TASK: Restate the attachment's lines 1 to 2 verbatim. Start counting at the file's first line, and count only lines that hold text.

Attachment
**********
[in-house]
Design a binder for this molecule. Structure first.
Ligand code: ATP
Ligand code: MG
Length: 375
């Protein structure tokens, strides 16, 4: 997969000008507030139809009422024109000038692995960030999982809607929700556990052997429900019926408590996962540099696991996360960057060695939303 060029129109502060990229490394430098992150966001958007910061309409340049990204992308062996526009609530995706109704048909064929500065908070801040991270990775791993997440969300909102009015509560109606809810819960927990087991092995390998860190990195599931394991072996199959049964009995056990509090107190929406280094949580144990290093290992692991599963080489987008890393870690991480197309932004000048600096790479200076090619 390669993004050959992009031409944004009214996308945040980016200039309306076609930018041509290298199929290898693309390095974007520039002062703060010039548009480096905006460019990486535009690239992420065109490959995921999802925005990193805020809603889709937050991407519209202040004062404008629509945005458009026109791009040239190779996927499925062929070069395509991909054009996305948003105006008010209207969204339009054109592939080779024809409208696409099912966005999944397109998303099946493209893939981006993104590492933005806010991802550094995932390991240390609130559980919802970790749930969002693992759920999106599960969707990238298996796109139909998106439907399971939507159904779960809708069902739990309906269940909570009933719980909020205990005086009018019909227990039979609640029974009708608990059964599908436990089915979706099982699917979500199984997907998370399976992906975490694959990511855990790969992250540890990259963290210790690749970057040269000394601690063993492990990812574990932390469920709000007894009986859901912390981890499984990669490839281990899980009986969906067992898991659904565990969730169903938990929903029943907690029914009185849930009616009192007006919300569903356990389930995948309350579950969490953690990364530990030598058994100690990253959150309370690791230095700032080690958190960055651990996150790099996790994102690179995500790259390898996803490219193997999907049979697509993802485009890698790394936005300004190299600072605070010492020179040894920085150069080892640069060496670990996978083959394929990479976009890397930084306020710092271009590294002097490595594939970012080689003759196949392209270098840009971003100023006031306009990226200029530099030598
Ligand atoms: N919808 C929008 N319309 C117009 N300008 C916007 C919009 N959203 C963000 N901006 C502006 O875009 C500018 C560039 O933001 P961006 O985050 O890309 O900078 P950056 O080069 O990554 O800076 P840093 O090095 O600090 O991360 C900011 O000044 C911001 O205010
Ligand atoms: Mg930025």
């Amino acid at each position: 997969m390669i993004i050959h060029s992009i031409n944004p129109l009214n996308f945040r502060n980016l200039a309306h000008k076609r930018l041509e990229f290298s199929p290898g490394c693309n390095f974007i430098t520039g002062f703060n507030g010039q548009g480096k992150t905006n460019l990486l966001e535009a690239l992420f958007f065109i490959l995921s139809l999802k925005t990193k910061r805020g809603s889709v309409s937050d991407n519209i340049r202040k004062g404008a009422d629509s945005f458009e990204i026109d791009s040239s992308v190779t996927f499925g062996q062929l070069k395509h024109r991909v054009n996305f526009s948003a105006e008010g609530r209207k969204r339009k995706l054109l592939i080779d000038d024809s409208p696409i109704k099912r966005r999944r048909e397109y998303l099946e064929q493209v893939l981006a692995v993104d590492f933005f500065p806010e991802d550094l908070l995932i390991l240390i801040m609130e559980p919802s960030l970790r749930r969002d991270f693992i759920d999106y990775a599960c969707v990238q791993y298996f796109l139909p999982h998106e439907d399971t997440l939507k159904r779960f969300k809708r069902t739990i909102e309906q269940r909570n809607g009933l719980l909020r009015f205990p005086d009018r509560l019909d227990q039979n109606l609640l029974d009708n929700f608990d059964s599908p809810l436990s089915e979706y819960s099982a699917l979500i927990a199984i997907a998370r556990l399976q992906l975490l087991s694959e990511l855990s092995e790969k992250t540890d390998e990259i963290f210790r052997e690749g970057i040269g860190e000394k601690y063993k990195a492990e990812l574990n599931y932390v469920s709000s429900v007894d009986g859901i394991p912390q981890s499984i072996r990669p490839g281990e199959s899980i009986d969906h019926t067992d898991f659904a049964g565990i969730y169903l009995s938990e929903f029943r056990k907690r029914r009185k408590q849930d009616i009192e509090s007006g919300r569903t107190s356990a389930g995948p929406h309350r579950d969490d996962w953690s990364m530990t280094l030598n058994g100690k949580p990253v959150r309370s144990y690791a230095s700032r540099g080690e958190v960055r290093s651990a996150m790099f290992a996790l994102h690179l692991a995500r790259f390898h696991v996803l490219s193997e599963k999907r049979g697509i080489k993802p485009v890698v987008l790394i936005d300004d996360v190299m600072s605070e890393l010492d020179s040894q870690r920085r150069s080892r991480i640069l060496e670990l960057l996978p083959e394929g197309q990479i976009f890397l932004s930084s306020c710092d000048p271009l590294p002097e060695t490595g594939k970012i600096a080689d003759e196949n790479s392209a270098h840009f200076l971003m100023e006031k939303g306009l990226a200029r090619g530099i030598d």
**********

[in-house]
Design a binder for this molecule. Structure first.